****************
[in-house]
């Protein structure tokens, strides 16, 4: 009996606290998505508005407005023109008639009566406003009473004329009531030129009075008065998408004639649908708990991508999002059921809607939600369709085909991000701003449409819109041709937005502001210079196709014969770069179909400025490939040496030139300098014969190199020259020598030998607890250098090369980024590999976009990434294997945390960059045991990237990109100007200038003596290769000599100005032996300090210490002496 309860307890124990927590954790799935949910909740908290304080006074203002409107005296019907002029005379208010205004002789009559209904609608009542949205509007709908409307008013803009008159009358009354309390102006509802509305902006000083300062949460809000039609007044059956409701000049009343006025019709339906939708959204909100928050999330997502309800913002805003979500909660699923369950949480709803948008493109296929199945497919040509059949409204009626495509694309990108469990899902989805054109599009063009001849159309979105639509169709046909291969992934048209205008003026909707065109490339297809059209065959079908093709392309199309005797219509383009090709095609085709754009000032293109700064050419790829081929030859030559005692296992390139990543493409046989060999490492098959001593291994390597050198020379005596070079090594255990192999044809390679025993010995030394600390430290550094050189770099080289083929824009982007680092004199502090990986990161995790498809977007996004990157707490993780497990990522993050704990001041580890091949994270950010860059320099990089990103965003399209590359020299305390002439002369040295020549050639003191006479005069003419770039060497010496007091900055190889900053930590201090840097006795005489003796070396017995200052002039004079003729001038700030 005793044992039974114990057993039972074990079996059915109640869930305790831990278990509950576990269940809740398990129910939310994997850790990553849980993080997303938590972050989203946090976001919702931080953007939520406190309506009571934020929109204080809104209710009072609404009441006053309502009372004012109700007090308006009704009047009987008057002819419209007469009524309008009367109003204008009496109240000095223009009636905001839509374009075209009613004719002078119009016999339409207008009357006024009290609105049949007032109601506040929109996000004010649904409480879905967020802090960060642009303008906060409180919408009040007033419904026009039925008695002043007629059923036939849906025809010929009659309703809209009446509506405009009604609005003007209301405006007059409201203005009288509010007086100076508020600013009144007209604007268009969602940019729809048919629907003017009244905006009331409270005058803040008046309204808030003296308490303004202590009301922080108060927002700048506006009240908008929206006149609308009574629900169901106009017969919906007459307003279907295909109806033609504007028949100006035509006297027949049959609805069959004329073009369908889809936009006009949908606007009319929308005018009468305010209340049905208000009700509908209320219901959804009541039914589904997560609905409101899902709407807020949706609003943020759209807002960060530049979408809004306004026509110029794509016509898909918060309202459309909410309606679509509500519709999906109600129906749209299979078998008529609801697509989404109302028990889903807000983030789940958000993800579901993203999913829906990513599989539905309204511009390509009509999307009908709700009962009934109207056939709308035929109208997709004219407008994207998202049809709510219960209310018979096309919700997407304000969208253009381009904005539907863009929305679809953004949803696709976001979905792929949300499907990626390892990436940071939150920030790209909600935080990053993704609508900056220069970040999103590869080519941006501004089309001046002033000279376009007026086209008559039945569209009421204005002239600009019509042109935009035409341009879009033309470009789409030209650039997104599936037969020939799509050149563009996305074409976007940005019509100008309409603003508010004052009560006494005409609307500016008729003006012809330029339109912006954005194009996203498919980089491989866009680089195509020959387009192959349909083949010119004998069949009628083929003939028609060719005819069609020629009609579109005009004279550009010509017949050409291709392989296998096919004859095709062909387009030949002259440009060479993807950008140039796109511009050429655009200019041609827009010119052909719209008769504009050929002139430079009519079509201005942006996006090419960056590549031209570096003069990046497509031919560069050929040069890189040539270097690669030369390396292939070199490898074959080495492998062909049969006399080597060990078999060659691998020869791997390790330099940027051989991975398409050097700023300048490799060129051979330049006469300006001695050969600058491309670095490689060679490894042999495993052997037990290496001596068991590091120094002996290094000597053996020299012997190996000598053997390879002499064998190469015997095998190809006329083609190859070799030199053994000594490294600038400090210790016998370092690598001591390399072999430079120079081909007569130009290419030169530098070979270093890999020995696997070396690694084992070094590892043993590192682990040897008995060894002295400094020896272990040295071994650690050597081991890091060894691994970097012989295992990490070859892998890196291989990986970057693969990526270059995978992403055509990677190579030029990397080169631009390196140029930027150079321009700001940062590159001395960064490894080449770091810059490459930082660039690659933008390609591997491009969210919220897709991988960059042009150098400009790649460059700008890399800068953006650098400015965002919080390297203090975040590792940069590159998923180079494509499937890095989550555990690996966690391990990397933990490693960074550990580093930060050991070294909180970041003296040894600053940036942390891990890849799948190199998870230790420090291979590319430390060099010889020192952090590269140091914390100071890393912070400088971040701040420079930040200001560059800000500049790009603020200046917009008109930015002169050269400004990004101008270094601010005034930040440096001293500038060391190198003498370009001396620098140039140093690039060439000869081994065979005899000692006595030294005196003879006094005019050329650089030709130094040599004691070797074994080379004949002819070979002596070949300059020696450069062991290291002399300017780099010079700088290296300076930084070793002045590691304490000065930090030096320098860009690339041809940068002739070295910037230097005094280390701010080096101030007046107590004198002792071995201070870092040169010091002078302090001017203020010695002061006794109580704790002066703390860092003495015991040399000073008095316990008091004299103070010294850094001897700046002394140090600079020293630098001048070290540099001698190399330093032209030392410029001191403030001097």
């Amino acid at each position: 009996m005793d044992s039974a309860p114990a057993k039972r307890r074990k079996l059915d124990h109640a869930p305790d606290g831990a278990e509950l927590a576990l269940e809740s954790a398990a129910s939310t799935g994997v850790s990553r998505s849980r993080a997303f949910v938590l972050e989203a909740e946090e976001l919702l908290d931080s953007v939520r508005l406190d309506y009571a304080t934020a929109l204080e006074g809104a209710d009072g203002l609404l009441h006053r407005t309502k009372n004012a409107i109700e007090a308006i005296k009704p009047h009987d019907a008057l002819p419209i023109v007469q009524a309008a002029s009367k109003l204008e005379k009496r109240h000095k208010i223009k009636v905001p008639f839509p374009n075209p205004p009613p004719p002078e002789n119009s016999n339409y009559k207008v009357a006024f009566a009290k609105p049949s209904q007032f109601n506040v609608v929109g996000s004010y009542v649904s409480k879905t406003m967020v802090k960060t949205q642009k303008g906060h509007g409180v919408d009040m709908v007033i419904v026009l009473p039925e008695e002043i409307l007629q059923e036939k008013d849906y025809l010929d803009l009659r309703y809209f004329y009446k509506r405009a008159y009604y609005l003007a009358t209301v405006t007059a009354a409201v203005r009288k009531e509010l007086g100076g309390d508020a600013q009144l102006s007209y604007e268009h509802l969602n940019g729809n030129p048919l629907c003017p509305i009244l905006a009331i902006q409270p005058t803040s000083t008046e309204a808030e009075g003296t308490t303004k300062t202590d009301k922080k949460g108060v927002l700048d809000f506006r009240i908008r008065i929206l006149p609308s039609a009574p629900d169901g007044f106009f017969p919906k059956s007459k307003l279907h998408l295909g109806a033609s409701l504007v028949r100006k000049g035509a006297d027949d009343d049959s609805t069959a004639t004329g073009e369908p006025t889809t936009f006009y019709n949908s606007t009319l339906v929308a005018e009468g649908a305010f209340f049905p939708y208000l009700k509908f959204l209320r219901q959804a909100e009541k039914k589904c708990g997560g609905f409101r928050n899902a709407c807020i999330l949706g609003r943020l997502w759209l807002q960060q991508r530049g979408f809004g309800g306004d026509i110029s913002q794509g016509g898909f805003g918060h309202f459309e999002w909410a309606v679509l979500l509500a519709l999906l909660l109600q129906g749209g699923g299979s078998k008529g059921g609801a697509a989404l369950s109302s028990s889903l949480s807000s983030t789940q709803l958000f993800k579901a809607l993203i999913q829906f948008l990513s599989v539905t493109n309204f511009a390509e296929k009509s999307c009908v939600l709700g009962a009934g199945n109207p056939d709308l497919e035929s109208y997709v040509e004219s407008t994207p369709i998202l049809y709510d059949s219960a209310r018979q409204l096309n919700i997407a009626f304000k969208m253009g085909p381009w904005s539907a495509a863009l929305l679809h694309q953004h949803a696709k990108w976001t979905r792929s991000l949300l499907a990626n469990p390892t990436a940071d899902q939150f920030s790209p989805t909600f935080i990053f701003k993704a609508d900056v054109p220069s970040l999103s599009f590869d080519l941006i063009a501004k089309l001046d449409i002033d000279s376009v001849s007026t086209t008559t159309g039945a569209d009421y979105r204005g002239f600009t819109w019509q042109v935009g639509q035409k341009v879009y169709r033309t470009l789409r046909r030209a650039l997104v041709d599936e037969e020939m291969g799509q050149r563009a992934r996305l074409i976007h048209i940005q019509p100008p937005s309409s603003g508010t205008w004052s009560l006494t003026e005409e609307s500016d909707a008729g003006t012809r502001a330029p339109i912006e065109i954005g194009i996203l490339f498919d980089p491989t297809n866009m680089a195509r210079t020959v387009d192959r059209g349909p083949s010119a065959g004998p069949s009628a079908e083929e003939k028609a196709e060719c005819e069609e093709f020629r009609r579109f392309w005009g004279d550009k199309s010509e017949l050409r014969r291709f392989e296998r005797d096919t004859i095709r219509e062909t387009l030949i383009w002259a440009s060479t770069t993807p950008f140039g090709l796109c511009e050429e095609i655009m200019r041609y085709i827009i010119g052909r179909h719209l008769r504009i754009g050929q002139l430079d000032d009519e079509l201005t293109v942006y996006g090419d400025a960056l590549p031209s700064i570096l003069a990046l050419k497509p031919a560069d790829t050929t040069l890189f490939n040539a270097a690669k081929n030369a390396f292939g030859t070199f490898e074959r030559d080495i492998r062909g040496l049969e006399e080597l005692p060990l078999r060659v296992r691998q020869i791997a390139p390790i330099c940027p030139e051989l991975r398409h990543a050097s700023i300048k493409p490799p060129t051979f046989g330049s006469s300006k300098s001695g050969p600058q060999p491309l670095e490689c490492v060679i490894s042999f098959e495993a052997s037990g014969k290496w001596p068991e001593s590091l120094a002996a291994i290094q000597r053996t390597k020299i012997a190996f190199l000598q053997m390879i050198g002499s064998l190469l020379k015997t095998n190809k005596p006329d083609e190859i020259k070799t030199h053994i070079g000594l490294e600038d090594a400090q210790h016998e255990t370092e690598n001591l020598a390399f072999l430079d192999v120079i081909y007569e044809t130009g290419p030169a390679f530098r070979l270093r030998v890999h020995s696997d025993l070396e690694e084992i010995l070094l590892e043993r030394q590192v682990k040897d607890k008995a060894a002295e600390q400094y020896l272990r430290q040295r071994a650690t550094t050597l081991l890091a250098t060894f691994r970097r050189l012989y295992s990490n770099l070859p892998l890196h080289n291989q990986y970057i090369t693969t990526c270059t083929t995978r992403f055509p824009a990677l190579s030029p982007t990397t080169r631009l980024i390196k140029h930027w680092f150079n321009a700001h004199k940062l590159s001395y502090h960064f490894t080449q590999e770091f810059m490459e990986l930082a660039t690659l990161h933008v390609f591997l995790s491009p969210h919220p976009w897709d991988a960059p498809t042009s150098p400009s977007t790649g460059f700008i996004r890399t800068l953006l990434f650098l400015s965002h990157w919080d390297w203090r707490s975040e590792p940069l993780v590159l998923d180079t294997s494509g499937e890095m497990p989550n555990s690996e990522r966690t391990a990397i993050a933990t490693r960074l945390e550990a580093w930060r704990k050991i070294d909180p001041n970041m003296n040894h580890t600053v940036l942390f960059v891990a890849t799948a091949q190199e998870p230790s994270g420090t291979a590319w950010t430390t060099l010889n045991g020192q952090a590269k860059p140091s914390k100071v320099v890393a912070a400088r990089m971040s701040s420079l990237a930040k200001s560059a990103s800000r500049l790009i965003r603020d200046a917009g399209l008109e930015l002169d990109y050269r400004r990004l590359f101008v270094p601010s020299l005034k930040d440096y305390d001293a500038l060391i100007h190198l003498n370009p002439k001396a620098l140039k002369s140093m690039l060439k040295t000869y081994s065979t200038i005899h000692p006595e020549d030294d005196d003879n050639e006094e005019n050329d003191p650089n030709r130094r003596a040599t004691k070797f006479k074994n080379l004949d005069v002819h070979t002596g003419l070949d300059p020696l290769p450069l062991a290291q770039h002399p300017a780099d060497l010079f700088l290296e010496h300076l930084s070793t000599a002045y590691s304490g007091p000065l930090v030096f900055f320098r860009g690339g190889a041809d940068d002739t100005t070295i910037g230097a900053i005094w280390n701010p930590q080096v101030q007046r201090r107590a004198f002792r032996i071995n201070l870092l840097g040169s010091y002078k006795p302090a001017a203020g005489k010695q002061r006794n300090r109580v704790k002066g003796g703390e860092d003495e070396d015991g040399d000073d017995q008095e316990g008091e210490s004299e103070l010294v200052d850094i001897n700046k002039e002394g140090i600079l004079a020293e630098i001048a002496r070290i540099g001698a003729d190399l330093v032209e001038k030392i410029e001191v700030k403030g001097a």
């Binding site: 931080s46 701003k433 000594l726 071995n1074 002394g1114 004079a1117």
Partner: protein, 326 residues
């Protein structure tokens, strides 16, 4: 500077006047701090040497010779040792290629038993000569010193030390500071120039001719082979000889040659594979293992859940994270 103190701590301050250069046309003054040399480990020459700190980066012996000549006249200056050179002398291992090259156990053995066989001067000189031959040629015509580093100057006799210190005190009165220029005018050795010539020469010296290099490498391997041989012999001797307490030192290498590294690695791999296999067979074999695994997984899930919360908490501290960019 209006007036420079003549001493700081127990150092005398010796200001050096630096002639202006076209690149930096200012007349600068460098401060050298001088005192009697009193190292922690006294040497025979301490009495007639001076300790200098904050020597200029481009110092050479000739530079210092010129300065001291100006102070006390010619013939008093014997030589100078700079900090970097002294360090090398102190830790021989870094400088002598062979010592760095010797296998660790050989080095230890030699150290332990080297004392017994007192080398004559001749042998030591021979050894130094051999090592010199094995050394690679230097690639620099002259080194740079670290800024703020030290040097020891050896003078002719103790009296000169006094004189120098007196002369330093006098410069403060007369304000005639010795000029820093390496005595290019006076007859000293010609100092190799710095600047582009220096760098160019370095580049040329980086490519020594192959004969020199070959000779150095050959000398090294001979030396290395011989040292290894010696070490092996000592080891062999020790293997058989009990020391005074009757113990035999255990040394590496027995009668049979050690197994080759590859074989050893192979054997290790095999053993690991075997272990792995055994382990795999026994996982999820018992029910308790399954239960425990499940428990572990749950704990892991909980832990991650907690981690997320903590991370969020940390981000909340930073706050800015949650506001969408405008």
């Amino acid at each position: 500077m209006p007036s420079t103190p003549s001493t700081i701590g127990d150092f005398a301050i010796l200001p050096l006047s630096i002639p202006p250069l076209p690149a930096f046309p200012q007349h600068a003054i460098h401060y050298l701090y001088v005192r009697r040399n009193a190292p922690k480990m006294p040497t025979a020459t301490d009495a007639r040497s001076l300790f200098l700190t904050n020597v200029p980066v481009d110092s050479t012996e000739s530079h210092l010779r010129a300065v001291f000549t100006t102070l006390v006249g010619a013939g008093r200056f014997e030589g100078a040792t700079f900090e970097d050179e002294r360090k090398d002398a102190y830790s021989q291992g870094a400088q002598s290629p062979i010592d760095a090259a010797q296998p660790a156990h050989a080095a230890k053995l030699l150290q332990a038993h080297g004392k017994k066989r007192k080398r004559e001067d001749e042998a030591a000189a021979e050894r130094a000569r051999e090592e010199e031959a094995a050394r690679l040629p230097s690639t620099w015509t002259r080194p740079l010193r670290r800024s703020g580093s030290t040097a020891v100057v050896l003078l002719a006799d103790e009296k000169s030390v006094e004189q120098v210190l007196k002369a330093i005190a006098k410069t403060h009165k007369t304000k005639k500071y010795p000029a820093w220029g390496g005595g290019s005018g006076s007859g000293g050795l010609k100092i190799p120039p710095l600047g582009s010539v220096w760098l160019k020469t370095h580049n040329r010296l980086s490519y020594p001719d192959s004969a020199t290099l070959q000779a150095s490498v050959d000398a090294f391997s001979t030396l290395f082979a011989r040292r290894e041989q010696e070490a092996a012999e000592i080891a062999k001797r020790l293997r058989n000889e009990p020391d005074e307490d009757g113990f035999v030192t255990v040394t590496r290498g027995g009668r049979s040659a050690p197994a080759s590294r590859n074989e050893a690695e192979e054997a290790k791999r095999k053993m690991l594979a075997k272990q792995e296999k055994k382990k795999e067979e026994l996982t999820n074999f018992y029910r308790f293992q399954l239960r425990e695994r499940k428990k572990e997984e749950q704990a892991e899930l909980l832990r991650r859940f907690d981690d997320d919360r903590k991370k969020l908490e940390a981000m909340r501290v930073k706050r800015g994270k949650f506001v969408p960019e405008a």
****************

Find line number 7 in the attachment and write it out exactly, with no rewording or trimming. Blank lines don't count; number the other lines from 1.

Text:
């Amino acid at each position: 500077m209006p007036s420079t103190p003549s001493t700081i701590g127990d150092f005398a301050i010796l200001p050096l006047s630096i002639p202006p250069l076209p690149a930096f046309p200012q007349h600068a003054i460098h401060y050298l701090y001088v005192r009697r040399n009193a190292p922690k480990m006294p040497t025979a020459t301490d009495a007639r040497s001076l300790f200098l700190t904050n020597v200029p980066v481009d110092s050479t012996e000739s530079h210092l010779r010129a300065v001291f000549t100006t102070l006390v006249g010619a013939g008093r200056f014997e030589g100078a040792t700079f900090e970097d050179e002294r360090k090398d002398a102190y830790s021989q291992g870094a400088q002598s290629p062979i010592d760095a090259a010797q296998p660790a156990h050989a080095a230890k053995l030699l150290q332990a038993h080297g004392k017994k066989r007192k080398r004559e001067d001749e042998a030591a000189a021979e050894r130094a000569r051999e090592e010199e031959a094995a050394r690679l040629p230097s690639t620099w015509t002259r080194p740079l010193r670290r800024s703020g580093s030290t040097a020891v100057v050896l003078l002719a006799d103790e009296k000169s030390v006094e004189q120098v210190l007196k002369a330093i005190a006098k410069t403060h009165k007369t304000k005639k500071y010795p000029a820093w220029g390496g005595g290019s005018g006076s007859g000293g050795l010609k100092i190799p120039p710095l600047g582009s010539v220096w760098l160019k020469t370095h580049n040329r010296l980086s490519y020594p001719d192959s004969a020199t290099l070959q000779a150095s490498v050959d000398a090294f391997s001979t030396l290395f082979a011989r040292r290894e041989q010696e070490a092996a012999e000592i080891a062999k001797r020790l293997r058989n000889e009990p020391d005074e307490d009757g113990f035999v030192t255990v040394t590496r290498g027995g009668r049979s040659a050690p197994a080759s590294r590859n074989e050893a690695e192979e054997a290790k791999r095999k053993m690991l594979a075997k272990q792995e296999k055994k382990k795999e067979e026994l996982t999820n074999f018992y029910r308790f293992q399954l239960r425990e695994r499940k428990k572990e997984e749950q704990a892991e899930l909980l832990r991650r859940f907690d981690d997320d919360r903590k991370k969020l908490e940390a981000m909340r501290v930073k706050r800015g994270k949650f506001v969408p960019e405008a």